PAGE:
As an aside, most DO programs have an endowment as well.
 

edgerock24

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This is so true.
My pre med advisor was surprised that I was OK with applying to DOs. He said he has had students with my stats saying they will only go to MDs when in reality they only have a chance at low-tier schools. Even then the chances are slim. I'm realistic and I know at this point getting into a DO is far more likely for me than a MD.

I do know of students who apply to DO as backups. Someone I know applied this year with a 3.5/36 to about 5 DOs. He got into a few MDs already so I doubt he's going in that direction.
Almost every post you make, you end up talking about yourself. Nobody cares. Talk about the topic at hand or the OP's situation.
 

wjs010

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To all who think this is the downfall of DO: is it possible that there will just become more residencies open in the near future? How do we know that this couldn't happen?
 

Drrrrrr. Celty

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Netter is a private school (anyone heard of Quinnipiac University?) as is Hofstra, not to mention the several non brand-name MD schools planned. Somehow in spite of the fact that these universities are sub-Ivy league and are not affiliated with huge public university systems and undergraduate colleges, they will be able to produce competent physicians.
As an aside, most DO programs have an endowment as well.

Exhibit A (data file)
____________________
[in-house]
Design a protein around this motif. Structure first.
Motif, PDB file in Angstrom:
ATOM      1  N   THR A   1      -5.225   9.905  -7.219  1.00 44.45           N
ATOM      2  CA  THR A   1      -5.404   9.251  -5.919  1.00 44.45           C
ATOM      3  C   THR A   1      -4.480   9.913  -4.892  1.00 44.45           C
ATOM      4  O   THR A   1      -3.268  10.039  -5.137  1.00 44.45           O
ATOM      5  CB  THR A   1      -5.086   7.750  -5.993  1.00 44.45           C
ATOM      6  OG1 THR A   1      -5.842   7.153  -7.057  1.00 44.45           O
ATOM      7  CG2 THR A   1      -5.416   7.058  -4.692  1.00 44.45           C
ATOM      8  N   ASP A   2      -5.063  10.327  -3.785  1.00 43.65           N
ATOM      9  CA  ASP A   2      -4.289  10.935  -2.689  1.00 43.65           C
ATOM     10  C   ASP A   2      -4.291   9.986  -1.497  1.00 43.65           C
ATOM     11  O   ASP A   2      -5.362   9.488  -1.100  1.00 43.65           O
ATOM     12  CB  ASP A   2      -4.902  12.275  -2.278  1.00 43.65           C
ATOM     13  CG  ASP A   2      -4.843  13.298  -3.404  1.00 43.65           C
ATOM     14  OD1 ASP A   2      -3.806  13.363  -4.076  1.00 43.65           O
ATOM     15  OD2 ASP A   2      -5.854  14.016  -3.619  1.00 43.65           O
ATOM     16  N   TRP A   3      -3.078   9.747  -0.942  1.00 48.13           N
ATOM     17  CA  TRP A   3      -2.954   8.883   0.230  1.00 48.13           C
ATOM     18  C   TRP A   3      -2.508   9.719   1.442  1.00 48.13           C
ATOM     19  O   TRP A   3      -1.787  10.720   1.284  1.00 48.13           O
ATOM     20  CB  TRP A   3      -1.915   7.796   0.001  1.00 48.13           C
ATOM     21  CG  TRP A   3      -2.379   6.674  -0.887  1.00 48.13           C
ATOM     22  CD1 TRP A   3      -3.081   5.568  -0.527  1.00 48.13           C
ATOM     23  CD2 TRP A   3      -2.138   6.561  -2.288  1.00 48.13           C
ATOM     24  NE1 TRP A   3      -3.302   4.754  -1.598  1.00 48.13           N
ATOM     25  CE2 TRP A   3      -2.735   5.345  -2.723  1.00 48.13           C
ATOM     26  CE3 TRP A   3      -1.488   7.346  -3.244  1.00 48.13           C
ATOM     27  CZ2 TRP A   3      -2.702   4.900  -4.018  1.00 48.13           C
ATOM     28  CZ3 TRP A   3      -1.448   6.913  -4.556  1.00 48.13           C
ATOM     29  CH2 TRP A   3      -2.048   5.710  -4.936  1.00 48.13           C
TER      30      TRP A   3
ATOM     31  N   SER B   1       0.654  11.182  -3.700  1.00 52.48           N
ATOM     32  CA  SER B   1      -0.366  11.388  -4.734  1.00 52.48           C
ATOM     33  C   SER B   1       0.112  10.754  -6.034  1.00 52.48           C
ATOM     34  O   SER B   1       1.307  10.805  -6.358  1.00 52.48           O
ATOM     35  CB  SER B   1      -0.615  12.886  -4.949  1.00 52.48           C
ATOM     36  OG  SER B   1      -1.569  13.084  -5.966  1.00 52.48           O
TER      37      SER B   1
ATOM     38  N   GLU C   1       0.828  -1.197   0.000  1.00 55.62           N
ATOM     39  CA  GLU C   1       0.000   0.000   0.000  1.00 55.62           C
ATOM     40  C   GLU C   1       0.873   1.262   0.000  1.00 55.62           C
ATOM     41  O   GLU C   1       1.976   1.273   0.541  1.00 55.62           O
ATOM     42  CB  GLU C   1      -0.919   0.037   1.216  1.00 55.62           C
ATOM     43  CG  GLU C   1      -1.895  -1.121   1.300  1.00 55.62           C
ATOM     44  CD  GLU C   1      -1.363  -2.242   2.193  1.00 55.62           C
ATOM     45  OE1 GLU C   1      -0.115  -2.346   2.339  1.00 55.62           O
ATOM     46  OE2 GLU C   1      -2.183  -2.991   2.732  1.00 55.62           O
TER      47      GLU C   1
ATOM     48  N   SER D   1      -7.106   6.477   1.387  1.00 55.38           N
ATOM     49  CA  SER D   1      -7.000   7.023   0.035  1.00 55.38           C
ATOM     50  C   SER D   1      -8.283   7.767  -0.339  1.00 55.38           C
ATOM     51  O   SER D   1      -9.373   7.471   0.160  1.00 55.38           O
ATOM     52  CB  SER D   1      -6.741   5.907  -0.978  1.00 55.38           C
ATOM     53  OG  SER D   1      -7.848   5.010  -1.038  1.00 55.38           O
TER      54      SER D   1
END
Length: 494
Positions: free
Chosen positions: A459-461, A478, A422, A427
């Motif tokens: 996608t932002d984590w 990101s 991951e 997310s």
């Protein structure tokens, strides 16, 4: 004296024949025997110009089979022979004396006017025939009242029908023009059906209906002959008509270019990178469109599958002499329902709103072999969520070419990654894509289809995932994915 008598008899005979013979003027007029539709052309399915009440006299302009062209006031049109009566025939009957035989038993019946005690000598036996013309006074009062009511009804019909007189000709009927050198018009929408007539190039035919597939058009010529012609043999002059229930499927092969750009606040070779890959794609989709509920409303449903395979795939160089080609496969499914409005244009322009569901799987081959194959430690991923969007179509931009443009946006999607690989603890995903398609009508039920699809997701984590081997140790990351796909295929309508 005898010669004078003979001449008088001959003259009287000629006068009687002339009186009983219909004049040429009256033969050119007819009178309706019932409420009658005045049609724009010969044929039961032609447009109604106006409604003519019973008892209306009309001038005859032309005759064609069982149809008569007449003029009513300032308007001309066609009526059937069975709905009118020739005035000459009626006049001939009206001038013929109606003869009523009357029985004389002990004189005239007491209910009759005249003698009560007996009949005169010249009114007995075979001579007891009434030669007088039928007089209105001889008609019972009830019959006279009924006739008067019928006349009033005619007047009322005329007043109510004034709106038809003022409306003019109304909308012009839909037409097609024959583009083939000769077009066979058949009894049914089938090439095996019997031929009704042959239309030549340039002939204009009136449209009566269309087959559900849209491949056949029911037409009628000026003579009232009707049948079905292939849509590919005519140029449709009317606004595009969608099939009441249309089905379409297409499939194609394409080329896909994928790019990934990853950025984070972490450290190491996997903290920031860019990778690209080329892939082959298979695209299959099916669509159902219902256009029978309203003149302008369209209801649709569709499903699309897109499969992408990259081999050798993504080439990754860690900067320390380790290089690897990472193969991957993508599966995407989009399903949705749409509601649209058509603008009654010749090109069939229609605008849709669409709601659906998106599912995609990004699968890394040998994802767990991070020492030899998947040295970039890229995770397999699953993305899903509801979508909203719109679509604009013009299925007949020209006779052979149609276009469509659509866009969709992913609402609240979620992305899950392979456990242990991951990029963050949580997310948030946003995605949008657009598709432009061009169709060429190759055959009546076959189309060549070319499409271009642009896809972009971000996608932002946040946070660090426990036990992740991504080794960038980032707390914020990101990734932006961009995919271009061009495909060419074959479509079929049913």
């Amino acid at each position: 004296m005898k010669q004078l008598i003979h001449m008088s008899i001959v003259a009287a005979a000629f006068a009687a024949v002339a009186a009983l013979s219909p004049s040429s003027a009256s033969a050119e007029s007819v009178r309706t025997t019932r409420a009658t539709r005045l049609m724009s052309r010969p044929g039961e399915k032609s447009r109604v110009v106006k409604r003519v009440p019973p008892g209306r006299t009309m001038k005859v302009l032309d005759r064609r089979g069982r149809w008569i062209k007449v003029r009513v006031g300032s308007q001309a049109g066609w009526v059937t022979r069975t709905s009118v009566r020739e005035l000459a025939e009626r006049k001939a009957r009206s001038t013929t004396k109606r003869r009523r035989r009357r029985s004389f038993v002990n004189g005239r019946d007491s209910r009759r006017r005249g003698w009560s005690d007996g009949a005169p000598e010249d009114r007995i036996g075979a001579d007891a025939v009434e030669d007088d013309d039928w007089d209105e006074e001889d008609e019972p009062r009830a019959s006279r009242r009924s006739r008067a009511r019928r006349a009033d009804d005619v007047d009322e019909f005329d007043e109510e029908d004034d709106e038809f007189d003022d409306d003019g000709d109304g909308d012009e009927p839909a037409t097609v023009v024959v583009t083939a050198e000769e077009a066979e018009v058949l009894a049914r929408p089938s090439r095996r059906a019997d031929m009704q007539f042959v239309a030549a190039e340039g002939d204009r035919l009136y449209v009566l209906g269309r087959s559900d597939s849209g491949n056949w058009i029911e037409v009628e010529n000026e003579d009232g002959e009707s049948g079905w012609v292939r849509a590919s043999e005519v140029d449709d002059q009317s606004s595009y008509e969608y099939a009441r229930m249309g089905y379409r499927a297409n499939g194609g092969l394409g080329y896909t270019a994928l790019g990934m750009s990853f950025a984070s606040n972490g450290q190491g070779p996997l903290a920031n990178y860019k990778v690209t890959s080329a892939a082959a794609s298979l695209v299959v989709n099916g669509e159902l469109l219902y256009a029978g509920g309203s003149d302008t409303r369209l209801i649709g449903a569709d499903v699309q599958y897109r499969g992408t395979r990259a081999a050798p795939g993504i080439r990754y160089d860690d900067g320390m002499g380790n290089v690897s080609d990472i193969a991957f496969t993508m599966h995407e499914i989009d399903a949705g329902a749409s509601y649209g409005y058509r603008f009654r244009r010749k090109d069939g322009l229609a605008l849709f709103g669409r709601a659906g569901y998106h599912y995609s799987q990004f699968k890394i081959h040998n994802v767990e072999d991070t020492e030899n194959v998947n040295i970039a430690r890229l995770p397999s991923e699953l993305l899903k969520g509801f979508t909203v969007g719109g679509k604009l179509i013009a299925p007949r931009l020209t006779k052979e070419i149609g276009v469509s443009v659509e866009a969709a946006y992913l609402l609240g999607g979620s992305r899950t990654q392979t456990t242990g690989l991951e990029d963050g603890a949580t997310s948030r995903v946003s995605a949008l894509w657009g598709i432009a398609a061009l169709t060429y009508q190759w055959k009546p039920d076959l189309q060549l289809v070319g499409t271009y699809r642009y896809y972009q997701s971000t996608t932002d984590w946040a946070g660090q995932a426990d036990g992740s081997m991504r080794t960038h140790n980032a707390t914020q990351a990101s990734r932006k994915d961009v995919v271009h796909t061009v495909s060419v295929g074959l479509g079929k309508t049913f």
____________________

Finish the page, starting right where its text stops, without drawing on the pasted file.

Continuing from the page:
Hofstra is a huge school.
You got me with Quinnipiac. It seems like a really random place to get an MD program tbh.
 

guylewis

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AOA is adding more residency spots and the ACA increases funding to open more primary care residencies. still, there needs to be more done to address this as the number of students graduating eventually becomes greater than the number of residency spots available. but for the next ten years you will be able to match to a residency. the people that go unmatched go so by choice, they probably applied only to extremely competitive residencies and likely didn't have the scores/recommendations/interview skills to land them those spots, and they probably refused to scramble for some of the leftover spots because they considered it beneath them. there were a couple thousand unfilled spots this last match.

the one benefit (some see this as a downfall and I can see their point), is that the AOA has its own residency spots that are only for DOs.